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  1. Bernard Williams (2015). Ethics and the Limits of Philosophy. Routledge.
    With a new foreword by Jonathan Lear 'Remarkably lively and enjoyable…It is a very rich book, containing excellent descriptions of a variety of moral theories, and innumerable and often witty observations on topics encountered on the way.' -_ Times Literary Supplement_ Bernard Williams was one of the greatest philosophers of his generation. Ethics and the Limits of Philosophy is not only widely acknowledged to be his most important book, but also hailed a contemporary classic of moral philosophy. Drawing on the (...)
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  2.  23
    Bernard Arthur Owen Williams (1985). Ethics and the Limits of Philosophy. Harvard University Press.
    By the time of his death in 2003, Bernard Williams was one of the greatest philosophers of his generation. Ethics and the Limits of Philosophy is not only widely acknowledged to be his most important book, but also hailed a contemporary classic of moral philosophy. Presenting a sustained critique of moral theory from Kant onwards, Williams reorients ethical theory towards ‘truth, truthfulness and the meaning of an individual life’. He explores and reflects upon the most difficult problems in contemporary philosophy (...)
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  3. Bernard Arthur Owen Williams (1981). Moral Luck: Philosophical Papers, 1973-1980. Cambridge University Press.
    A new volume of philosophical essays by Bernard Williams. The book is a successor to Problems of the Self, but whereas that volume dealt mainly with questions of personal identity, Moral Luck centres on questions of moral philosophy and the theory of rational action. That whole area has of course been strikingly reinvigorated over the last deacde, and philosophers have both broadened and deepened their concerns in a way that now makes much earlier moral and political philosophy look sterile and (...)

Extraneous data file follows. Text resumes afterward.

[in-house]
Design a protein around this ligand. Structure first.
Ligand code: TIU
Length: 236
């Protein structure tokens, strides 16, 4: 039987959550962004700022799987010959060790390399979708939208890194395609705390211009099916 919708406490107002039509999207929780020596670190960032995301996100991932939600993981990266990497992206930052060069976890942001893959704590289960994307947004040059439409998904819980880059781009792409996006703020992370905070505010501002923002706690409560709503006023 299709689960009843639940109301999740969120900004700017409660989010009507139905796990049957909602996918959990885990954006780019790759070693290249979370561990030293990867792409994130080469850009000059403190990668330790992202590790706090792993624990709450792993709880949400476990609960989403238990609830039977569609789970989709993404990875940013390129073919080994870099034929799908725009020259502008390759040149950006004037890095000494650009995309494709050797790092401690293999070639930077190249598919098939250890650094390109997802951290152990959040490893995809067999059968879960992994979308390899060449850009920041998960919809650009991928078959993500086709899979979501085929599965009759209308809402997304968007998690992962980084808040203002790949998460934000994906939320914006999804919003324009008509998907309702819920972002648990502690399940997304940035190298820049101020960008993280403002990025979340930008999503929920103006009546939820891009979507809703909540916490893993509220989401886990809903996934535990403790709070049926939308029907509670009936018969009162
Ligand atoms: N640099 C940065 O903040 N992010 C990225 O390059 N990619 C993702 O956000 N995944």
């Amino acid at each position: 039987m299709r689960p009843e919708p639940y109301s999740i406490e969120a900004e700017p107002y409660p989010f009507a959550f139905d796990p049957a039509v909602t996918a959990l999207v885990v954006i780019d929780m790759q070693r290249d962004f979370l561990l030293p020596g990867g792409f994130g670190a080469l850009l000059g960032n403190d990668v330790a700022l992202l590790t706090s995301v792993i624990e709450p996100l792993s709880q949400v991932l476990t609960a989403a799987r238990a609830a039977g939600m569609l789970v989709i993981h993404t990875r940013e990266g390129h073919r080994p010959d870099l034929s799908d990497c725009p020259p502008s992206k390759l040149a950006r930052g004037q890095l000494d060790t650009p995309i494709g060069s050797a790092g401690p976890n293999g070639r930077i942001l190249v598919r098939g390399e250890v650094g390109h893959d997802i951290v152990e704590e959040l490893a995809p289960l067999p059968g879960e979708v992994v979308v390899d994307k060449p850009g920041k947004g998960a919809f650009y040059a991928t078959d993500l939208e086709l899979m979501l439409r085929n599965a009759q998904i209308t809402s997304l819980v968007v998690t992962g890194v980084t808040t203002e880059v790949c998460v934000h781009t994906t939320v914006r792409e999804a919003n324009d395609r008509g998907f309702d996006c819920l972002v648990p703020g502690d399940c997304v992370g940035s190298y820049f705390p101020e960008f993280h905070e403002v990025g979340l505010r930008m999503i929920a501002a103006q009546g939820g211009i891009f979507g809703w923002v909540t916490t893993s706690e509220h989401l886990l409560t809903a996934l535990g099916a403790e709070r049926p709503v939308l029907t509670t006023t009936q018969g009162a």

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  4.  33
    Bernard Williams (2002). Truth and Truthfulness: An Essay in Genealogy. Princeton, New Jersey: Princeton University Press.
    "In this exceptionally brilliant book, ranging effortlessly from Herodotus and Thucydides to Diderot and Nietzsche, Bernard Williams daringly asks--and still more daringly answers--one of the central questions of philosophy: what is the ...
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  5. John Jamieson Carswell Smart & Bernard Williams (1973). Utilitarianism: For and Against. Cambridge University Press.
    Two essays on utilitarianism, written from opposite points of view, by J. J. C. Smart and Bernard Williams. In the first part of the book Professor Smart advocates a modern and sophisticated version of classical utilitarianism; he tries to formulate a consistent and persuasive elaboration of the doctrine that the rightness and wrongness of actions is determined solely by their consequences, and in particular their consequences for the sum total of human happiness. This is a revised version of Professor Smart's (...)
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  6. Bernard A. O. Williams (1973). Problems of the Self. Cambridge University Press.
    A volume of philosophical studies, centred on problems of personal identity and extending to related topics in the philosophy of mind and moral philosophy.